Nuclear Policy News – October 31, 2017

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China, South Korea agree to mend ties after THAAD standoff

Russian senators calls for not regarding US nuclear drills as threat or aggression

Nuclear Scientists Urge Congress to Protect Iran Deal
New York Times

Mattis, Tillerson: No authority for military action in North Korea outside ‘imminent threat’
The Hill


Japan’s Abe, NATO chief discuss North Korea
Associated Press10/31/17
Japanese Prime Minister Shinzo Abe has met with NATO Secretary General Jens Stoltenberg in Tokyo to discuss cooperation in addressing security challenges, including North Korea’s nuclear tests and ballistic missile launches.

China, South Korea agree to mend ties after THAAD standoff
Seoul and Beijing on Tuesday agreed to move beyond a year-long stand-off over the deployment of a U.S. anti-missile system in South Korea, a dispute that has been devastating to South Korean businesses that rely on Chinese consumers.

S Korean envoy heads to China for talks on N.K. nukes
Yonhap News Agency10/31/17
South Korea’s top nuclear envoy expressed hope Tuesday of having extensive discussions with his Chinese counterpart on ways to peacefully resolve the North Korea nuclear stalemate.

Tunnel collapse may have killed 200 after North Korea nuclear test: Japanese broadcaster
A tunnel at North Korea’s nuclear test site collapsed after Pyongyang’s sixth atomic test in September, possibly killing more than 200 people, Japanese broadcaster TV Asahi said on Tuesday, citing unnamed sources familiar with the situation. Reuters has not been able to verify the report.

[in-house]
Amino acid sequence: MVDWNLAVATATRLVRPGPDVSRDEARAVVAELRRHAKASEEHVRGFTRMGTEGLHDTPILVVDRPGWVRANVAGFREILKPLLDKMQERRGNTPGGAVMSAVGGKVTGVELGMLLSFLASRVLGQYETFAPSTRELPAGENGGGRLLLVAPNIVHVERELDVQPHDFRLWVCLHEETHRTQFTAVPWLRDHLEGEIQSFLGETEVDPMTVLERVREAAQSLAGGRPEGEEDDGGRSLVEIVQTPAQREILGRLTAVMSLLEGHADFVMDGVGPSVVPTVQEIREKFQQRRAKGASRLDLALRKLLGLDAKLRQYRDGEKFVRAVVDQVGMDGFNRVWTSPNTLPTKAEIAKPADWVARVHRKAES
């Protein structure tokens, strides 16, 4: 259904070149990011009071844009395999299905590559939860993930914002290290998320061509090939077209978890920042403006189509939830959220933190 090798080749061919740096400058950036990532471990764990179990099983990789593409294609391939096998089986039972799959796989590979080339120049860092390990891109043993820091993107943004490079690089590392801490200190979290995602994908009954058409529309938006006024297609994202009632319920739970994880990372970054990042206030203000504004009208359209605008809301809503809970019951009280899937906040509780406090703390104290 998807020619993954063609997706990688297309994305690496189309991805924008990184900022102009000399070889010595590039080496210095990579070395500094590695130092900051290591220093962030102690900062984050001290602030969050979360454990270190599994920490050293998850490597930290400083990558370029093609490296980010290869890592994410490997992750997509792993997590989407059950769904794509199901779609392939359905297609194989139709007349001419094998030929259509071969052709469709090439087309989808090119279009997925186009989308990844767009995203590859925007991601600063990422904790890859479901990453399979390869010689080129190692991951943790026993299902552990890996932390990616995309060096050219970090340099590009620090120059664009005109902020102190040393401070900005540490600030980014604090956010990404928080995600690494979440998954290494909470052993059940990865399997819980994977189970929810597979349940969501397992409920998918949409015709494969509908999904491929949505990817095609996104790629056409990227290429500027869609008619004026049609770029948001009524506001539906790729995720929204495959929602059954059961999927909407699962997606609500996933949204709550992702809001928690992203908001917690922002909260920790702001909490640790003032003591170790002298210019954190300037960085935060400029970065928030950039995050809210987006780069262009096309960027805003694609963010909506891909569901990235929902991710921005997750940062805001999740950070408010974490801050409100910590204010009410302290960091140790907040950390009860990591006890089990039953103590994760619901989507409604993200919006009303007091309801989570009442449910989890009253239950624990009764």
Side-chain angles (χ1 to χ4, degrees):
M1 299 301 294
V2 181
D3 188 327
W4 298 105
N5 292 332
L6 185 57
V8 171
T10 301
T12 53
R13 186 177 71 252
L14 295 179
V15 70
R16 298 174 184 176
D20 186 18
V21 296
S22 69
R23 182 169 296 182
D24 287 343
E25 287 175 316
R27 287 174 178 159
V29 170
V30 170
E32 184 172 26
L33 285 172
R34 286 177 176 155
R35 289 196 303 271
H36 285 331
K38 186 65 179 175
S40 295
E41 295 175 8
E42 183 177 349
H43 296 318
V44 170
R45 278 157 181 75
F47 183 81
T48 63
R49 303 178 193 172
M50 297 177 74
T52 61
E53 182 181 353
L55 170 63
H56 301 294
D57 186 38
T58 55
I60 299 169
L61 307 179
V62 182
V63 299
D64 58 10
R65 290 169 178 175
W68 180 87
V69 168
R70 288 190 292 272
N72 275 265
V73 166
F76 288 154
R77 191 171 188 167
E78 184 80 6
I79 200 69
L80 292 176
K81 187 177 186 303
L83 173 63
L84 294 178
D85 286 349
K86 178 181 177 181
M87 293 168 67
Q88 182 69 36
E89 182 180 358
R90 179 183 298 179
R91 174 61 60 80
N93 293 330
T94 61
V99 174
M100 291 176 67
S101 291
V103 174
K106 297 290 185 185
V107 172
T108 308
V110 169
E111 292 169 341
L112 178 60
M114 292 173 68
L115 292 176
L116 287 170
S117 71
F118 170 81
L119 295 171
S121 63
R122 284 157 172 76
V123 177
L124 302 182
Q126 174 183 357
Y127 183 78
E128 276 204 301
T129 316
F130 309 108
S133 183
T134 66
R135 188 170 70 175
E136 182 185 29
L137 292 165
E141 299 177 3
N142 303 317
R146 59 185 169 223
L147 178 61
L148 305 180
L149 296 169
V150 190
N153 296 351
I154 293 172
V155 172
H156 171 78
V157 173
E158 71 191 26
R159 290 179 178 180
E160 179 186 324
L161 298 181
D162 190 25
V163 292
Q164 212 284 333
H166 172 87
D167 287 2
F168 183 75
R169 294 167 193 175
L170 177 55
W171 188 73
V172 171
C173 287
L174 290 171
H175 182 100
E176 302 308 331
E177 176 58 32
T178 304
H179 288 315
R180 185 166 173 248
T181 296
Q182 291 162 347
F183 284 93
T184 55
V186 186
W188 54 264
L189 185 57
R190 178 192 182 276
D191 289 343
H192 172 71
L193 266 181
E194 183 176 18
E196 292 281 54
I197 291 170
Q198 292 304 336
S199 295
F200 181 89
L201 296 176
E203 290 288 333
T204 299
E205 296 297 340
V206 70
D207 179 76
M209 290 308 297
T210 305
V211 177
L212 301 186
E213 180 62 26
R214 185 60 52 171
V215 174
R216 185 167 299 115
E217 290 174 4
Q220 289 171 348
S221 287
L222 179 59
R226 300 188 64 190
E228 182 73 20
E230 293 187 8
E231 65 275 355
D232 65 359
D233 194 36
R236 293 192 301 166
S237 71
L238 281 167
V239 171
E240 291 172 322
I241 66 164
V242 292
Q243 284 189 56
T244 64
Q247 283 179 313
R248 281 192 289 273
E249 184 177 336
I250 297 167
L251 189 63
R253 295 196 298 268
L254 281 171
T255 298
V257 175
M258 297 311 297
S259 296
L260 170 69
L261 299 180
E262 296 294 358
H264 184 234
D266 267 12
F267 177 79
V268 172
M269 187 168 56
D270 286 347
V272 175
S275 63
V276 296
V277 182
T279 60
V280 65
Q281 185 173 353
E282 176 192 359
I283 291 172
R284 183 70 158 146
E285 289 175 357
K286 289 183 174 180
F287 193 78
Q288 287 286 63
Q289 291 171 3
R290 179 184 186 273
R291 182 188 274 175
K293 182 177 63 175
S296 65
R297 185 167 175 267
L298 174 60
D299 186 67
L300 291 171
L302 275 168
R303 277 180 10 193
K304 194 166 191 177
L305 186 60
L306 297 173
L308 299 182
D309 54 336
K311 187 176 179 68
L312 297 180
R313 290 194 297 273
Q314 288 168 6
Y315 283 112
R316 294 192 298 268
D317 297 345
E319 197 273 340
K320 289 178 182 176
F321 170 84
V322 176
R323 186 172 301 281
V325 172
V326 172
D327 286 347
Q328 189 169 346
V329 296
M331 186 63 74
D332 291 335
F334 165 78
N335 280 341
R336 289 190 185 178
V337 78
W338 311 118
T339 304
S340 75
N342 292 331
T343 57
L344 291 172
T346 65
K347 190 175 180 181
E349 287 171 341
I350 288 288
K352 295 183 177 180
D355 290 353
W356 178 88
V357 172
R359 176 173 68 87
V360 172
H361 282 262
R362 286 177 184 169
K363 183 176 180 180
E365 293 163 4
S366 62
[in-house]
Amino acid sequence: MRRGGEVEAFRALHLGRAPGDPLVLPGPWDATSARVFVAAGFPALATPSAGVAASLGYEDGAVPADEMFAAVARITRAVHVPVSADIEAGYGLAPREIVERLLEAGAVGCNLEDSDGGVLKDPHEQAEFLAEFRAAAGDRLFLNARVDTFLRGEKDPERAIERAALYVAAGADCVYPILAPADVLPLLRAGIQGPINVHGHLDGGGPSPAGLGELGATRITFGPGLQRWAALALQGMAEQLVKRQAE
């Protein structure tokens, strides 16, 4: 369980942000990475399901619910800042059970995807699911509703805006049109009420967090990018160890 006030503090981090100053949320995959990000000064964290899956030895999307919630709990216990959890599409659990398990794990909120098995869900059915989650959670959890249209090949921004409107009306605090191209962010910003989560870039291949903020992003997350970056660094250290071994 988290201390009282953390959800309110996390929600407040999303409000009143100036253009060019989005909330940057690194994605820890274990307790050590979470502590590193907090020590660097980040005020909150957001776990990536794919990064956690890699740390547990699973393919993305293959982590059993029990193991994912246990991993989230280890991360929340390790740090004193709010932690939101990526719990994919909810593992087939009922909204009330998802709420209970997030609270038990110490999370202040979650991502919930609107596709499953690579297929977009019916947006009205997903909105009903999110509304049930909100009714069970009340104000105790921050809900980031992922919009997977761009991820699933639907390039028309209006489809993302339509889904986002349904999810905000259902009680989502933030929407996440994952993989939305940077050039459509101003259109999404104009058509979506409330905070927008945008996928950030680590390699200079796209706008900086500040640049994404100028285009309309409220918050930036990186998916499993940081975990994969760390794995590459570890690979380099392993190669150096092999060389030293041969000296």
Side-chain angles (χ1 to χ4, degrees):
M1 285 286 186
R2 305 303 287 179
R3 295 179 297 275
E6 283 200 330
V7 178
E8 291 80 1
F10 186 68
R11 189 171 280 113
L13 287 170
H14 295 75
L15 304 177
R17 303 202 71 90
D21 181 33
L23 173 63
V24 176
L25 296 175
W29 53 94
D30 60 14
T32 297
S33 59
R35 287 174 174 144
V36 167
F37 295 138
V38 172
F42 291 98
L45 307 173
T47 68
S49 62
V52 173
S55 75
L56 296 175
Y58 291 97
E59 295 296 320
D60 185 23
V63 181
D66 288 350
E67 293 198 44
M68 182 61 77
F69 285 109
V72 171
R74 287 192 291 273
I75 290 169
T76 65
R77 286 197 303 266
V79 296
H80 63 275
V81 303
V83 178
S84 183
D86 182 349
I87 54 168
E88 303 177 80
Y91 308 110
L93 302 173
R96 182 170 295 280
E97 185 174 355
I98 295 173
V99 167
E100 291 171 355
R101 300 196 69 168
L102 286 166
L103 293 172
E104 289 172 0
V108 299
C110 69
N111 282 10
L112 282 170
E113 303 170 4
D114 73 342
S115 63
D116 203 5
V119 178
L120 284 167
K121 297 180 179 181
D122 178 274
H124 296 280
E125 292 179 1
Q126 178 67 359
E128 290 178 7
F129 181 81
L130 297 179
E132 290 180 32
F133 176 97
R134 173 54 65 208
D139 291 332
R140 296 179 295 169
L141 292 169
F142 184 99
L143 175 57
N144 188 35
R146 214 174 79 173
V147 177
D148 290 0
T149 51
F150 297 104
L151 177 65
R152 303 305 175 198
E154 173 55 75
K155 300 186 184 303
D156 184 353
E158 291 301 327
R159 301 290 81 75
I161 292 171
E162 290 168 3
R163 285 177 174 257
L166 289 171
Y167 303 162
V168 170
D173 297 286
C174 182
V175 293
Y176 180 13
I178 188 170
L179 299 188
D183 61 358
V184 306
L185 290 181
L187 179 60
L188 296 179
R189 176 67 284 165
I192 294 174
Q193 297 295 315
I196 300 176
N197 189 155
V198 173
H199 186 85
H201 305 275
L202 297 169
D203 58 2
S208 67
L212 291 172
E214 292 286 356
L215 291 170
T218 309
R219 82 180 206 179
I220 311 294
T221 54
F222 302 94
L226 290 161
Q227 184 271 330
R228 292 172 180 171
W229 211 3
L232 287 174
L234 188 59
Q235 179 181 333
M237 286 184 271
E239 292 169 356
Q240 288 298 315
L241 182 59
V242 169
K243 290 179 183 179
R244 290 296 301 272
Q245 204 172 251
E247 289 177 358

Iran will quite nuclear deal if Western sanctions are reimposed: military chief
Iran’s top military commander said Monday that Iran will quit the endangered 2015 nuclear accord if the United States reimposed sanctions against it, amid wide concerns in the international community following US President Donald Trump’s failure to re-certify the deal.

Saudi Arabia to extract uranium for ‘self-sufficient’ nuclear program
Saudi Arabia plans to extract uranium domestically as part of its nuclear power program and sees this as a step towards “self-sufficiency” in producing atomic fuel, a senior official said on Monday.


‘Smart bombs’ to dominate new state armaments program
The development of nuclear power will remain the focus of the state arms program “as the main deterring factor of possible aggression against Russia,” [Russian Deputy Defense Minister Yury Boriso] said.

Russian senators calls for not regarding US nuclear drills as threat or aggression
The drills for US strategic nuclear troops called Global Thunder should not be considered as a potential threat, Chairman of the Federation Council’s Committee for Defense and Security Viktor Bondarev said on Monday.

Russia to Launch Its Most Powerful Ballistic Missile Sub in November
The Diplomat10/31/17
The Russian Navy is slated to launch the first advanced variant of the nuclear-powered ballistic missile submarine (SSBN) Project 955A Borei II-class (“North Wind”), or the Dolgorukiy-class, in November, the commander-in-chief of the Russian Navy, Admiral Vladimir Korolev said in an interview with Russian media.


Nuclear Scientists Urge Congress to Protect Iran Deal
New York Times10/30/17
More than 90 top American experts in atomic sciences, including a designer of the hydrogen bomb, publicly threw their weight behind the Iran nuclear agreement on Monday, exhorting Congress to preserve the accord in the face of President Trump’s disavowal of it.

Democrats ask Mattis, Tillerson about nukes
Associated Press10/30/17